Like New Jersey’s law, the Pennsylvania MMA was enacted to decriminalize the possession of a certain amount of marijuana for medical use by qualified patients. This runs afoul of the federal Controlled Substance Act, which defines marijuana in the strictest “Schedule 1” category, making the “manufacture, distribution, or possession” of marijuana a felony.
Future court reviews in Pennsylvania may agree with New Jersey in the Hager decision that its marijuana act prevails, reasoning that (1) the employer is not engaging in the “manufacture, distribution, or possession” of marijuana when it reimburses an employee’s cost for it; (2) it is not “aiding and abetting” a violation of federal law, because the employer does not have the “intent” and “active participation” that are required elements for aiding and abetting; (3) federal prosecution is not a real risk; and (4) medical marijuana can be “reasonable and necessary” in the right circumstances.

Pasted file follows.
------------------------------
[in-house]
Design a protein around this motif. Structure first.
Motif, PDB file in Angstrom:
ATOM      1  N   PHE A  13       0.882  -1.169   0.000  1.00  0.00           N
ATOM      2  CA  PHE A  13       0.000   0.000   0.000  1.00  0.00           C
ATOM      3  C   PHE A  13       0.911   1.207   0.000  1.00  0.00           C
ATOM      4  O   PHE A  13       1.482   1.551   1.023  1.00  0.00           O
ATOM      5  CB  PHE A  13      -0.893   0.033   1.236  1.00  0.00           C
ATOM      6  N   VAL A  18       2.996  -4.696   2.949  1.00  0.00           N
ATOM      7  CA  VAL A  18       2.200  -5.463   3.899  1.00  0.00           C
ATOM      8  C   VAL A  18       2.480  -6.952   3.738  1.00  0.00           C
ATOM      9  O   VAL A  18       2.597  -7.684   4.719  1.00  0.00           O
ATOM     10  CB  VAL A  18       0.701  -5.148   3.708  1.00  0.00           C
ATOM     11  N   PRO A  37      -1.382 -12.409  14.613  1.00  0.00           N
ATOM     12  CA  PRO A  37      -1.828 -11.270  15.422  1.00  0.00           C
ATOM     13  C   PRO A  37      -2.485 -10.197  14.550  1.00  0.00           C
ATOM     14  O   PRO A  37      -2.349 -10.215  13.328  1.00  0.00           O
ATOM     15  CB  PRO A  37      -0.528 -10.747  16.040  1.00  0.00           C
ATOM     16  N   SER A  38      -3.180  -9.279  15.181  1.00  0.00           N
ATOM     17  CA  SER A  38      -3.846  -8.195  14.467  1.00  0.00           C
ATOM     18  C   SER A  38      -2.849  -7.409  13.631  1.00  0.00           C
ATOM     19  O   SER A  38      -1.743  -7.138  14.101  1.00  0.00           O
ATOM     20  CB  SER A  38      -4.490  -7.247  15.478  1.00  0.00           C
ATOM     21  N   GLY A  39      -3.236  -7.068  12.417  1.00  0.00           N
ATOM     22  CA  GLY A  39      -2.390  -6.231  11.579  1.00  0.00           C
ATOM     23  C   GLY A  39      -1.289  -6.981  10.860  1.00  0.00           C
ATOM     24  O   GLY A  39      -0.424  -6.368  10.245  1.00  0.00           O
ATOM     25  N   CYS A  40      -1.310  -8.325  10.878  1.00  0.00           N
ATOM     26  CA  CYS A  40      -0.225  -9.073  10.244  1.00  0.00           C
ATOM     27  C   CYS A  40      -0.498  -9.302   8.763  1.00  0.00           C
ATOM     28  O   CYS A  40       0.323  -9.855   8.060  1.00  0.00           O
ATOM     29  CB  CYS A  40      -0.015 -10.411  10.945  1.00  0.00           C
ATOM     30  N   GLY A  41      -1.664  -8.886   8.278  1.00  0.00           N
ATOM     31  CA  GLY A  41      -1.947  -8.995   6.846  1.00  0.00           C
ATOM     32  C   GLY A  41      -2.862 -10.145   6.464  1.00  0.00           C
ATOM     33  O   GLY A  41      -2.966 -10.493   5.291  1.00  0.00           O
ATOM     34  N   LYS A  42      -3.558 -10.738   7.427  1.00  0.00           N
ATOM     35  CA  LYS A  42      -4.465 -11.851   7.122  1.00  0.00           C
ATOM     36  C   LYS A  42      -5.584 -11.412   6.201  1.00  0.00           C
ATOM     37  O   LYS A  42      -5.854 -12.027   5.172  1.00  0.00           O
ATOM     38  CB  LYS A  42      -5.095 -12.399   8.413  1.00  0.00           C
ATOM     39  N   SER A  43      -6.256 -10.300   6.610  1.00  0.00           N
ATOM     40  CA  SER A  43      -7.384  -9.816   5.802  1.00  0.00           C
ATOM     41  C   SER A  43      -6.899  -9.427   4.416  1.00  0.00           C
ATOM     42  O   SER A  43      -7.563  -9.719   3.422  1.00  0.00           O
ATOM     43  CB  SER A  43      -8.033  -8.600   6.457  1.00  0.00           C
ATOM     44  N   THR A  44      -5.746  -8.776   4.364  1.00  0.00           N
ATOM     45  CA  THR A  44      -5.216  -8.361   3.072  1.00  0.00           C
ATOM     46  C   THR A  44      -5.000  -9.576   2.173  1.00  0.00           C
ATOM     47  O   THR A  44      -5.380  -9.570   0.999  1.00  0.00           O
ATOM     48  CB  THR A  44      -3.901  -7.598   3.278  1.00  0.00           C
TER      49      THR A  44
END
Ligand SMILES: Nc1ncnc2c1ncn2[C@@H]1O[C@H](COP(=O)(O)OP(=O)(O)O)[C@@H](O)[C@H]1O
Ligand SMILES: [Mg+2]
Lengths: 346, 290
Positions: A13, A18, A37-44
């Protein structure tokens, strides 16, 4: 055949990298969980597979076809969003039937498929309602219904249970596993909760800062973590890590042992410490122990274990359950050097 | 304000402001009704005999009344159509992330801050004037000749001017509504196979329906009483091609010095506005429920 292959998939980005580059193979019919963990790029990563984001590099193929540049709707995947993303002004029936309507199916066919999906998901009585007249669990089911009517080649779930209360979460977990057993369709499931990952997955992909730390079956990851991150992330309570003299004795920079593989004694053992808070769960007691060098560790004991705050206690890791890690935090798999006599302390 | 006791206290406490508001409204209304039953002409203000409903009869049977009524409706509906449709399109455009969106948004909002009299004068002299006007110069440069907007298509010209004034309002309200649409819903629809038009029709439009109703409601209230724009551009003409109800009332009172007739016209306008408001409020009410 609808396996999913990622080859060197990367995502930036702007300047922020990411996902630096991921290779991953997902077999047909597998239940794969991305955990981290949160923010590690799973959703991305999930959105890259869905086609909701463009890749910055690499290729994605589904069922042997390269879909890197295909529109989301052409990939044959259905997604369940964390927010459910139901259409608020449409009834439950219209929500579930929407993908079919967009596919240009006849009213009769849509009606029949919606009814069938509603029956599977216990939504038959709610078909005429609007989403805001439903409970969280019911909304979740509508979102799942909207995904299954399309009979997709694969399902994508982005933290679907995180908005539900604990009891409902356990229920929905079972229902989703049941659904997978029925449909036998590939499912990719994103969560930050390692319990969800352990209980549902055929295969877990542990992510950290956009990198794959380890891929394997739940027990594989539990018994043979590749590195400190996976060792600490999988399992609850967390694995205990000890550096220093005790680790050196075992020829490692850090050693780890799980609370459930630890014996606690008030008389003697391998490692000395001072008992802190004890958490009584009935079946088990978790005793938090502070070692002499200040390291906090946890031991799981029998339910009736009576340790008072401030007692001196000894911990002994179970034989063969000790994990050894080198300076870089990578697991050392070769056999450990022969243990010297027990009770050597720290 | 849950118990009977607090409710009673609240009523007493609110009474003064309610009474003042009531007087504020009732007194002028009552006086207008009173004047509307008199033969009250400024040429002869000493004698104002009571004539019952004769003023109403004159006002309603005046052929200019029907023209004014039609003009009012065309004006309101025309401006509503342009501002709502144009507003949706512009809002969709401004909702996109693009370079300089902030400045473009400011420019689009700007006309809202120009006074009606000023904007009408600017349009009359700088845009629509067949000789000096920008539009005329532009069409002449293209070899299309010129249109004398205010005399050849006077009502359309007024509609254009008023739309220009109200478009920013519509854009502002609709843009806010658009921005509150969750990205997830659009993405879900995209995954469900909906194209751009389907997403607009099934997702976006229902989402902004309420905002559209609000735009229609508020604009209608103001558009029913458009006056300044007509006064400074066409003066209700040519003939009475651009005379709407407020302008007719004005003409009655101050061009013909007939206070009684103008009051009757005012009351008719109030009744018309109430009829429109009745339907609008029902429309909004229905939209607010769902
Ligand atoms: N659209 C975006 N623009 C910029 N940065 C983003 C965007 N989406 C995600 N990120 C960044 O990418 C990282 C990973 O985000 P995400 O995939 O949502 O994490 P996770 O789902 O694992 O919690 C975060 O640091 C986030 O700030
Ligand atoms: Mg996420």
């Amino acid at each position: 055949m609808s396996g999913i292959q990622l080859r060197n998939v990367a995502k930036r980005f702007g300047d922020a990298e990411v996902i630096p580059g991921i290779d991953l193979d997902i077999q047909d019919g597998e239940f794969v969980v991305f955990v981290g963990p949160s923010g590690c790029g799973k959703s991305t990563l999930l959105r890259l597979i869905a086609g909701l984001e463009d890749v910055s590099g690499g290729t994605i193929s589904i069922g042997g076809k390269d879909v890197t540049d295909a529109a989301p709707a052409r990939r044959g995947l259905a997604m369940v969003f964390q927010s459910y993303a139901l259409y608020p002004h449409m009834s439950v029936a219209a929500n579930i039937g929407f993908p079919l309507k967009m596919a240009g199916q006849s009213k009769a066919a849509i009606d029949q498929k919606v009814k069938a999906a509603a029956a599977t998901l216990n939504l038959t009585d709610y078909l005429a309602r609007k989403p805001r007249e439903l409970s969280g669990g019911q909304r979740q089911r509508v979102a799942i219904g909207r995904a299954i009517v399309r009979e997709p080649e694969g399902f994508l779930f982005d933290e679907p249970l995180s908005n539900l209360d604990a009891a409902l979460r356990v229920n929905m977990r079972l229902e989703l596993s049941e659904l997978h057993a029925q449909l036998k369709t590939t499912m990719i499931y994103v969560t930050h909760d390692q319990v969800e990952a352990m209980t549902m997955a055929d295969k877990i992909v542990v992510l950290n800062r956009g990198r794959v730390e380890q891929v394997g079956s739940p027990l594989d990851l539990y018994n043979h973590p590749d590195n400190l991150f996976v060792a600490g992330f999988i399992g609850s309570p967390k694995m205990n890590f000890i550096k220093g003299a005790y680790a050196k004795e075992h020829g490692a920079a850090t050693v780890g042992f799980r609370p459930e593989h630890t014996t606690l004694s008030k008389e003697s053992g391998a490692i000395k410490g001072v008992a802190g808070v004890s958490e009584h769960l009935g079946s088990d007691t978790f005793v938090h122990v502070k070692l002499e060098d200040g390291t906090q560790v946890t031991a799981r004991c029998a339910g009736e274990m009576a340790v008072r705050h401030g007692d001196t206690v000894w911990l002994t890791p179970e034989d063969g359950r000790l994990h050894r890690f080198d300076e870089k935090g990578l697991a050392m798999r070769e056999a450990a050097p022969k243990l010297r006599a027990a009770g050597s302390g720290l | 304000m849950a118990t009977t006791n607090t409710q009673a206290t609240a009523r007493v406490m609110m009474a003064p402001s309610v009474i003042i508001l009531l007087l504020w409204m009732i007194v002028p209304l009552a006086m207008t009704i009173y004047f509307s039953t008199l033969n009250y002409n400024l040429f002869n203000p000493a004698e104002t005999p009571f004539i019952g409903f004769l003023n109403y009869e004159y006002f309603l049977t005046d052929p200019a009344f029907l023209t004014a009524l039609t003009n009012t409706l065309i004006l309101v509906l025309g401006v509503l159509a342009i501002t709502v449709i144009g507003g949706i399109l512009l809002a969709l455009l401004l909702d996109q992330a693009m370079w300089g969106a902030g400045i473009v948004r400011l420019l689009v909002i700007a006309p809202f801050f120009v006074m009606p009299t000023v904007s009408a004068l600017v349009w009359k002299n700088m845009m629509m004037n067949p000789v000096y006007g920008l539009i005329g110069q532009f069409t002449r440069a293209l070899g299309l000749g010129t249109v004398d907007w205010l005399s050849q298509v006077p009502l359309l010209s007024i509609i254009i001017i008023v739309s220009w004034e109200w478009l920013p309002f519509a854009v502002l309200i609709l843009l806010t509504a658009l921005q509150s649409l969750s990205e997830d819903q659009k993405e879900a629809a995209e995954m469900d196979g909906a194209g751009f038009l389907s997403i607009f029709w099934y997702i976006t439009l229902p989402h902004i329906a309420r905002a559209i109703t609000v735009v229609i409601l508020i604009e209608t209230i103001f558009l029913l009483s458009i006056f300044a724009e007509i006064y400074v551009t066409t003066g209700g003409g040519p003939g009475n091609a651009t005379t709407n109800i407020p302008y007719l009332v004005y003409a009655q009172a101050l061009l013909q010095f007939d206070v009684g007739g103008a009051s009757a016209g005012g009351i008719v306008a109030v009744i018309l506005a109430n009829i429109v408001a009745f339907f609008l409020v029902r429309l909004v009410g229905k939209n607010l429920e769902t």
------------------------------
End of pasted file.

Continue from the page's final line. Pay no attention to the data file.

However, Pennsylvania employers can point to an important part of its MMA that appears to relieve them from any responsibility for an employee’s medical marijuana. The Pennsylvania MMA states that it “shall not be construed to require an insurer or a health plan, whether paid for by Commonwealth funds or private funds, to provide coverage for medical marijuana”. 2015 PA. SB 3, Section 2102.